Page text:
The Gospel According to Mark – 2018.06.03
The Sabbath was Made for Man
The homily for today is cautionary tale.
On the one hand it serves as an indictment of the people who plotted against Jesus, those who desired to see an end to his ministry and who plotted his murder.
On the other hand it serves to separate the ministry of Jesus, who was himself a Pharisee, from the establishment of Pharisaic Judaism, which in the period of the early Church, had not converted to Christianity, and whose membership was extremely hostile to it.
However, the most important aspect of the narrative is the message, that the ordinances of God, the laws and customs of the people, exist to serve humankind, not the other way around.
Jesus is a good theologian, he makes the argument first on the basis of tradition and scripture, and then on the grounds of justice.
The miracle that is performed need not be taken literally, it is a metaphor, and as a metaphor it serve to put the exclamation point on the rest of the narrative.
The power to heal comes from God, god would not have granted such power in contravention of God’s law, giving the proof to Jesus, that he has correctly interpreted the law, and stands in divine favor.
The Son of Man is master even of the Sabbath
One sabbath day, Jesus happened to be taking a walk through the cornfields, and his disciples began to pick ears of corn as they went along. And the Pharisees said to him, ‘Look, why are they doing something on the sabbath day that is forbidden?’ And he replied, ‘Did you never read what David did in his time of need when he and his followers were hungry – how he went into the house of God when Abiathar was high priest, and ate the loaves of offering which only the priests are allowed to eat, and how he also gave some to the men with him?’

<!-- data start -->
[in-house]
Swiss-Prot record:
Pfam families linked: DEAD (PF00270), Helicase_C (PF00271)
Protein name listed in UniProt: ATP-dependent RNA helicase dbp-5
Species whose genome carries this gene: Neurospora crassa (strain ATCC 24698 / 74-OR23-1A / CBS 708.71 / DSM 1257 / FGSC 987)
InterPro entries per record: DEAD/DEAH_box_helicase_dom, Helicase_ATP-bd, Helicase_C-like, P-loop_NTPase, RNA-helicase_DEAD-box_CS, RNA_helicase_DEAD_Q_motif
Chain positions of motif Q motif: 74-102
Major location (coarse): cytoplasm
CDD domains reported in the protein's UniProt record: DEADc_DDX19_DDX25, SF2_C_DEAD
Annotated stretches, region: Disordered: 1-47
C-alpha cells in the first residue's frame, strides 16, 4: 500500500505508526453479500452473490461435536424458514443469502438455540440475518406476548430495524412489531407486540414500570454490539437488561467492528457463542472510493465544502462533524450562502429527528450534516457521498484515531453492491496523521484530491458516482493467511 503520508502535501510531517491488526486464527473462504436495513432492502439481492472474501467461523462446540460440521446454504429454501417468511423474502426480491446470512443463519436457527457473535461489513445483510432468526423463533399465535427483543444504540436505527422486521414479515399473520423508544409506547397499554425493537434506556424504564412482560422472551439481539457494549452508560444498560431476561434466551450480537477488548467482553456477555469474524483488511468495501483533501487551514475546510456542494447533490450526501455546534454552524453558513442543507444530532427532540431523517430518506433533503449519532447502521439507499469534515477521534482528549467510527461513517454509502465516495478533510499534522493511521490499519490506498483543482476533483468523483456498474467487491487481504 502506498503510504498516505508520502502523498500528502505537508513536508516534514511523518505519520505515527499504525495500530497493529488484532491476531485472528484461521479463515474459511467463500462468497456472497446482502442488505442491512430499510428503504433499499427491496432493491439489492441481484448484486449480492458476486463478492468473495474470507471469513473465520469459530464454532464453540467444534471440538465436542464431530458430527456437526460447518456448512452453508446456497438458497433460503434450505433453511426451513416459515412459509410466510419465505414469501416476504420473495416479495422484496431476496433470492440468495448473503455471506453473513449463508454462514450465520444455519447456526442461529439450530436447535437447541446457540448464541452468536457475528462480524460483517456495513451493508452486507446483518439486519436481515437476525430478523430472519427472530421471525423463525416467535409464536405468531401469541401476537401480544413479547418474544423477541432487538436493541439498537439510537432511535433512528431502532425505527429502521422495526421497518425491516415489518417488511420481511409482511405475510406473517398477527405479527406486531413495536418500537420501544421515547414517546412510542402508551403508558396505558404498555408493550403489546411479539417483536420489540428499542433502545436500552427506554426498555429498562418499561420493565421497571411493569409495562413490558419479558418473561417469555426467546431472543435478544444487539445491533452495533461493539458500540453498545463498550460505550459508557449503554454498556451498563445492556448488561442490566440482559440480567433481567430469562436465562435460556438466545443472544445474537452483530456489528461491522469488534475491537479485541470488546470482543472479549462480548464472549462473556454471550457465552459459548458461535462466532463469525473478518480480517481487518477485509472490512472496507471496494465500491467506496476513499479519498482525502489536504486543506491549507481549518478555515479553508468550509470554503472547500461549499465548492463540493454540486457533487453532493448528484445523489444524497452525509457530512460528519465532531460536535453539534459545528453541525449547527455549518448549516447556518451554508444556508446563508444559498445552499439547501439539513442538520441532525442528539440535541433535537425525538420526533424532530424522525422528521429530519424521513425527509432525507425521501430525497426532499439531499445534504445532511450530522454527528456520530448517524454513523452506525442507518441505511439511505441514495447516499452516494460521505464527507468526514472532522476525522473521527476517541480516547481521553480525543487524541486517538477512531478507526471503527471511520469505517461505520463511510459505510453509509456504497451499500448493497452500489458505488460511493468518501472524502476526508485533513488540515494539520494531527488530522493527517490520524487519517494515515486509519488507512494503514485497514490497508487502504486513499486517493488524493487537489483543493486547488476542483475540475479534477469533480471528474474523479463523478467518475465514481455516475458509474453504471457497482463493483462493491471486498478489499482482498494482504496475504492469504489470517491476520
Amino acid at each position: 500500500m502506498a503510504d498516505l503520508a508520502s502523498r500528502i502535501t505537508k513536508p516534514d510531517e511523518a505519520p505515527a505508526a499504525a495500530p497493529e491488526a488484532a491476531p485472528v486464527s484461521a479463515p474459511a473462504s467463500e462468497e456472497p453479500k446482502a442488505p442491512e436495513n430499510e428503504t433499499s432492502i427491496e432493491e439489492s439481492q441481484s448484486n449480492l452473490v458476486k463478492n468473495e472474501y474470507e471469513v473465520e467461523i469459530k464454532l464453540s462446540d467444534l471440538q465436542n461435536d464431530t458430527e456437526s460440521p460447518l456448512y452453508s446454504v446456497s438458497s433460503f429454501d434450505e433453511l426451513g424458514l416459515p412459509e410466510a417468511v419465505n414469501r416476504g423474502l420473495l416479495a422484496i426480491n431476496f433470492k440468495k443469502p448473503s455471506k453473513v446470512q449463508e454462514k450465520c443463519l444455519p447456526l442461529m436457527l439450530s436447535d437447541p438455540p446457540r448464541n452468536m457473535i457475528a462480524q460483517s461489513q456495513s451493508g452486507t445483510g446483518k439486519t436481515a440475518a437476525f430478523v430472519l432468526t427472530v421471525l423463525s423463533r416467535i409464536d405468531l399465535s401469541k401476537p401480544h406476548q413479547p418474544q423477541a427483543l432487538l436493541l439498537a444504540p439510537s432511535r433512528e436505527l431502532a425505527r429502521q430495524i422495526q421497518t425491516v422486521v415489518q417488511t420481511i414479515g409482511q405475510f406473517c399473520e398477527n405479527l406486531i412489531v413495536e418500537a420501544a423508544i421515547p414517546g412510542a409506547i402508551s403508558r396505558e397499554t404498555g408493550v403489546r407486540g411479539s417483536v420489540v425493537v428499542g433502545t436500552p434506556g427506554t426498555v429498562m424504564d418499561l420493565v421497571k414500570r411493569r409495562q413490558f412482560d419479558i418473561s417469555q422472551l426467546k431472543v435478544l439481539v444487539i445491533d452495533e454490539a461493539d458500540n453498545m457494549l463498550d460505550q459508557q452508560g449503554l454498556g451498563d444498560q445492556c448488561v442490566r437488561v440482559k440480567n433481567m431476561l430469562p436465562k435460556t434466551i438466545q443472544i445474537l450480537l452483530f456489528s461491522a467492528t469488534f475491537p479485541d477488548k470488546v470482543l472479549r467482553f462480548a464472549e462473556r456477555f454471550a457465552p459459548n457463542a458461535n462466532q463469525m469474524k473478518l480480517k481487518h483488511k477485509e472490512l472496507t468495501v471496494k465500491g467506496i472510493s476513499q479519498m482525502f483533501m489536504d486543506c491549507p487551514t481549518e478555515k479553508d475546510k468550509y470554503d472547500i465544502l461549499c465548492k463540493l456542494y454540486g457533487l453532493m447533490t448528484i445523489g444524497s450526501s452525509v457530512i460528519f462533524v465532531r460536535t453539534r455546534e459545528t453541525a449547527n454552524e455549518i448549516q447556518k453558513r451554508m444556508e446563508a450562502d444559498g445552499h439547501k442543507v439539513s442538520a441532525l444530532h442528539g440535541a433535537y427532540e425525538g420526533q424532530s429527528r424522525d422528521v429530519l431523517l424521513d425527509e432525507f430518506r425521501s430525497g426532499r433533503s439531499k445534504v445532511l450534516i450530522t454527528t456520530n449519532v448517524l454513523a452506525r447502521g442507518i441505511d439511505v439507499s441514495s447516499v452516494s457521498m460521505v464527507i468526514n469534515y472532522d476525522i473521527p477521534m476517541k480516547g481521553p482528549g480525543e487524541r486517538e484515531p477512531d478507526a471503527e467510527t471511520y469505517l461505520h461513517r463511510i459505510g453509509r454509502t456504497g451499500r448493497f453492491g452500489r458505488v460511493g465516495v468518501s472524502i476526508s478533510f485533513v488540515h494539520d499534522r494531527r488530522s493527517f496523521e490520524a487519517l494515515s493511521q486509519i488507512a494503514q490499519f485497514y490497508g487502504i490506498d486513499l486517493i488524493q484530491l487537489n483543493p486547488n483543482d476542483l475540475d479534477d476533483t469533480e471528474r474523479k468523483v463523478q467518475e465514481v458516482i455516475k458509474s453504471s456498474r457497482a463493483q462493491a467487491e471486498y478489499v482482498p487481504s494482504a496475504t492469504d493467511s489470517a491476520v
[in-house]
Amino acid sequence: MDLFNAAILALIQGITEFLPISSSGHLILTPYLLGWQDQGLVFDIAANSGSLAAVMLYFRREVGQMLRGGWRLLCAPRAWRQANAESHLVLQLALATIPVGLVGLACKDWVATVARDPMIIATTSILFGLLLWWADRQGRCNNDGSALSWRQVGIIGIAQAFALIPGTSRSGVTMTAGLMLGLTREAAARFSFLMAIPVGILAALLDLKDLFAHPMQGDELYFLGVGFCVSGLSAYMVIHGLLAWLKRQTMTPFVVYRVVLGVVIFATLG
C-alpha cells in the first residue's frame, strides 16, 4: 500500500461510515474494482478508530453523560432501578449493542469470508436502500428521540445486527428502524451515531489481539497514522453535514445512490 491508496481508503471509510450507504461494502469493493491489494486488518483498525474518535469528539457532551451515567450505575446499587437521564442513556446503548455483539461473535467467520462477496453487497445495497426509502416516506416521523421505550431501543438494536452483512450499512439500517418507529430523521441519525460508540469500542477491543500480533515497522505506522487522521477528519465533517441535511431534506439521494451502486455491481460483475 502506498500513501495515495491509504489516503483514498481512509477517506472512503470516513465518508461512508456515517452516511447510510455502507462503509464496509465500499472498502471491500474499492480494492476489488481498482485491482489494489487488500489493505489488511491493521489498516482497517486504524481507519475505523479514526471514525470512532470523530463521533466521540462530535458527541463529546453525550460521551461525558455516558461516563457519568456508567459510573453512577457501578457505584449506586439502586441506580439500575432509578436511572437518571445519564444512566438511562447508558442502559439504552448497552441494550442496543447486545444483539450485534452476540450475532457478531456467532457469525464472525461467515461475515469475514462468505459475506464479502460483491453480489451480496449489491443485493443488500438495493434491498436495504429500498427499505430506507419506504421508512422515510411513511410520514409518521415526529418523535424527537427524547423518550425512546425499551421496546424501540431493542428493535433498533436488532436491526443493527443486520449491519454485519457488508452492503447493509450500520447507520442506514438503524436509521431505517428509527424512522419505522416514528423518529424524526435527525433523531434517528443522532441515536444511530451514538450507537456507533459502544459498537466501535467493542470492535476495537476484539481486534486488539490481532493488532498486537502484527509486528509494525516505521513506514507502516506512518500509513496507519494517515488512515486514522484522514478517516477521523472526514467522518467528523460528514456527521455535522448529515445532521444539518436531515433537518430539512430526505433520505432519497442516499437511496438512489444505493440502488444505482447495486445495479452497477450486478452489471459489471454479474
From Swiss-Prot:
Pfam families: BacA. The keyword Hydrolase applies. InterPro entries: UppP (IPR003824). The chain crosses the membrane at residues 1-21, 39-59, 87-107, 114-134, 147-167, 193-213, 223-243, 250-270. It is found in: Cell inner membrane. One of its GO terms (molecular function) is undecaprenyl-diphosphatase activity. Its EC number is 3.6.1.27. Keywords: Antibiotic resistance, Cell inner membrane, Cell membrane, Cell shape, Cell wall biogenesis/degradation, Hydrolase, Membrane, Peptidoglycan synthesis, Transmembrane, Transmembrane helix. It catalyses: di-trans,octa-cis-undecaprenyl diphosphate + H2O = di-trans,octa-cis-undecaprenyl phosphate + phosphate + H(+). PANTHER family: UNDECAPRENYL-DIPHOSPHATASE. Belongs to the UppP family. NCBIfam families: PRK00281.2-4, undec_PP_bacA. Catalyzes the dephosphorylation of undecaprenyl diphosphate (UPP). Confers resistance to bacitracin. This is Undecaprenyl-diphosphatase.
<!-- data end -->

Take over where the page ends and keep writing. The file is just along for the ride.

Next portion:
And he said to them, ‘The sabbath was made for man, not man for the sabbath; the Son of Man is master even of the sabbath.’
He went again into a synagogue, and there was a man there who had a withered hand. And they were watching him to see if he would cure him on the sabbath day, hoping for something to use against him. He said to the man with the withered hand, ‘Stand up out in the middle!’ Then he said to them, ‘Is it against the law on the sabbath day to do good, or to do evil; to save life, or to kill?’ But they said nothing. Then, grieved to find them so obstinate, he looked angrily round at them, and said to the man, ‘Stretch out your hand.’ He stretched it out and his hand was better. The Pharisees went out and at once began to plot with the Herodians against him, discussing how to destroy him.
9th Sunday in Ordinary Time